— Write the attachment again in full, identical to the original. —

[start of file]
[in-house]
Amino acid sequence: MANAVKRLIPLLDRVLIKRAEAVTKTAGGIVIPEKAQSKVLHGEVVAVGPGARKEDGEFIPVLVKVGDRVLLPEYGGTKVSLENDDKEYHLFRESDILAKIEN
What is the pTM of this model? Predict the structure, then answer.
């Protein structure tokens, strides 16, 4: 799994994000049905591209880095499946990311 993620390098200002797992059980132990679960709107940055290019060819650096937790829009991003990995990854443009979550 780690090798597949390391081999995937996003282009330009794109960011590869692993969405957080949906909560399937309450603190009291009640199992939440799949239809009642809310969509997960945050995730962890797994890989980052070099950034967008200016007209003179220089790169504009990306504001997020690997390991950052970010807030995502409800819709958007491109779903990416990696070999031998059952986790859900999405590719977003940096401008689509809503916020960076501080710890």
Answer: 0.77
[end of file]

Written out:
[in-house]
Amino acid sequence: MANAVKRLIPLLDRVLIKRAEAVTKTAGGIVIPEKAQSKVLHGEVVAVGPGARKEDGEFIPVLVKVGDRVLLPEYGGTKVSLENDDKEYHLFRESDILAKIEN
What is the pTM of this model? Predict the structure, then answer.
């Protein structure tokens, strides 16, 4: 799994994000049905591209880095499946990311 993620390098200002797992059980132990679960709107940055290019060819650096937790829009991003990995990854443009979550 780690090798597949390391081999995937996003282009330009794109960011590869692993969405957080949906909560399937309450603190009291009640199992939440799949239809009642809310969509997960945050995730962890797994890989980052070099950034967008200016007209003179220089790169504009990306504001997020690997390991950052970010807030995502409800819709958007491109779903990416990696070999031998059952986790859900999405590719977003940096401008689509809503916020960076501080710890």
Answer: 0.77